January 27, 2020
Security Deposits: Information for Landlords and Tenants

The amount, use and return of security deposits is regulated by state law, under Civil Code Section 1950.5. All money collected in advance by the landlord from the tenant for protection against default or damage, whether it is called "last month's rent", "security", "cleaning", etc., is held to be a form of security deposit subject to these regulations.

The total amount allowed, in addition to that paid for the first month's rent, cannot be more than the amount of two month's rent for an unfurnished rental unit or three month's rent for a furnished unit.

All security deposits must be refundable. This means that the tenant must have the opportunity to satisfy the conditions which will permit him to recover his deposit. A landlord cannot require, in advance or routinely, that all tenants pay such expenses as professional cleaning or painting or replacement of carpets or drapes. However, such deductions could be allowed if they can be justified in terms of the condition when the tenant moved in and the degree of care given during the tenancy.

Within three weeks after the tenant moves out, the landlord must either send a full refund of the security deposit or an itemized statement that lists reasons and amounts of any deductions from the deposit, with a refund of any amounts not deducted. The landlord can withhold from the security deposit only those amounts that are reasonably necessary for unpaid rent, repair of damages other than normal wear and tear caused by the tenant or the tenant's guests, and for cleaning the rental unit if the unit was not left as clean as when it was rented. If the security deposit includes an amount designated as "last month's rent", that portion of the deposit must be applied to the rent for the last month before the tenant leaves and will NOT be available for other purposes.

Unpaid rent can include the amount which a tenant owes because proper notice of intention to leave was not given. A 30-Day written notice is required to end a month-to-month tenancy. The notice can be given at any time and does not have to be the same as the day the rent is due. However, even if he moves out earlier, the tenant is responsible for the full rent for the period covered by the notice (or lease, if there was one) unless rent is paid by a new tenant for the period. Less notice is required only if the parties have agreed in writing, or if rent is usually paid at a shorter interval. For example, if rent is paid weekly, only a 7 day notice must be given.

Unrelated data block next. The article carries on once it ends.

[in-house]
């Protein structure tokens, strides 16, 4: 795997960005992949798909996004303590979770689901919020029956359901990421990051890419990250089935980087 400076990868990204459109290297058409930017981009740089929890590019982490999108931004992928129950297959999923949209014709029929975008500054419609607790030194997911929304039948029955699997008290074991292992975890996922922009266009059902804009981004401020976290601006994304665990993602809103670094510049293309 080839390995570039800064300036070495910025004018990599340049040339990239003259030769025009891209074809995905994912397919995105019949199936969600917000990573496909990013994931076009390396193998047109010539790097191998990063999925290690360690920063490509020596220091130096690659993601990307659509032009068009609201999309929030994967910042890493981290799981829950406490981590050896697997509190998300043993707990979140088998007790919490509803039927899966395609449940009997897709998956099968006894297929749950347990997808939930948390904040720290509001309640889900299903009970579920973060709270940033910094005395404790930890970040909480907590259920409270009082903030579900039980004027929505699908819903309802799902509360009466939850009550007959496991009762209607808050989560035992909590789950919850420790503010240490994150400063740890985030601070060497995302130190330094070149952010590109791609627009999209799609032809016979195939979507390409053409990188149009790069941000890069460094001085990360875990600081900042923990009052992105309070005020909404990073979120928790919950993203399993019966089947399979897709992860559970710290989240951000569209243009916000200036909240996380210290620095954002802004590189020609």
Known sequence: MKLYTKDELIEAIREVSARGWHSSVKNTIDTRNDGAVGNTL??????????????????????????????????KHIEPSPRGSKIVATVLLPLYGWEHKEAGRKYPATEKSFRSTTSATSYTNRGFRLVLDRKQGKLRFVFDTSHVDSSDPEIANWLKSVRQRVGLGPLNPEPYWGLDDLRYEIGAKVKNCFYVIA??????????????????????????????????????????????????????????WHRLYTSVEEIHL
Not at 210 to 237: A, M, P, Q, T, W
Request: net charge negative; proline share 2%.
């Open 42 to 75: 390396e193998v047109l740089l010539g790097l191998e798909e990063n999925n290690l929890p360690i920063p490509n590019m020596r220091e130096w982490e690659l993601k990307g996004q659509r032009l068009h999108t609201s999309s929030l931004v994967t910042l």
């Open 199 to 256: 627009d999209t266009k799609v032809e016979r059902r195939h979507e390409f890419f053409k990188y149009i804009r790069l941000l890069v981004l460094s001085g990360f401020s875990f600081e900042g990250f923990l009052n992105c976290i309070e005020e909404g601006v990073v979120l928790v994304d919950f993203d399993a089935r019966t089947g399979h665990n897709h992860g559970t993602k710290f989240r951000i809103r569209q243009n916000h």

Disputes commonly arise over what is meant by normal wear and tear or necessary cleaning. The landlord must be able to prove the necessity and reasonableness of the amounts claimed. He should be prepared to produce receipts, estimates, witnesses, photos, etc., to support his deductions. A walk-through before the tenant moves in and one after the move-out is recommended for the protection of both parties. A rental agreement that clearly spells out the conditions which the tenant must meet can also be helpful.

If after three weeks, the tenant has not received his/her deposit or an itemized statement of deductions, of if he/she believes the deductions are improper, he/she should write to the landlord and keep a copy of the letter. If the disagreement is not resolved, he/she can file a suit in Small Claims Court for the deposit plus punitive damages of up to twice the amount of the security, in addition to actual damages. The damages can be awarded if the judge feels that the landlord acted in bad faith and not because of an honest dispute. Civil Code section 1950.5(l).

If the rental unit is sold during a tenancy, both the old and new owners can be liable for returning the deposit when the tenant moves, unless at the time of the sale, the old owner returns it to the tenant or transfers it to the new owner and notifies the tenant as to the amounts transferred or deducted and the name, address and telephone number of the new owner.

In a shared housing month-to-month rental, if the moving tenant has originally paid his deposit to a roommate, generally that roommate will be responsible for its return. If the deposit has been paid directly to the landlord in the moving roommate's own name, he should recover it from the landlord. Roommate situations can become very complicated and landlords and tenants should have written agreements which clearly define the rights and responsibilities of all parties.

More on Common Types of Cases »

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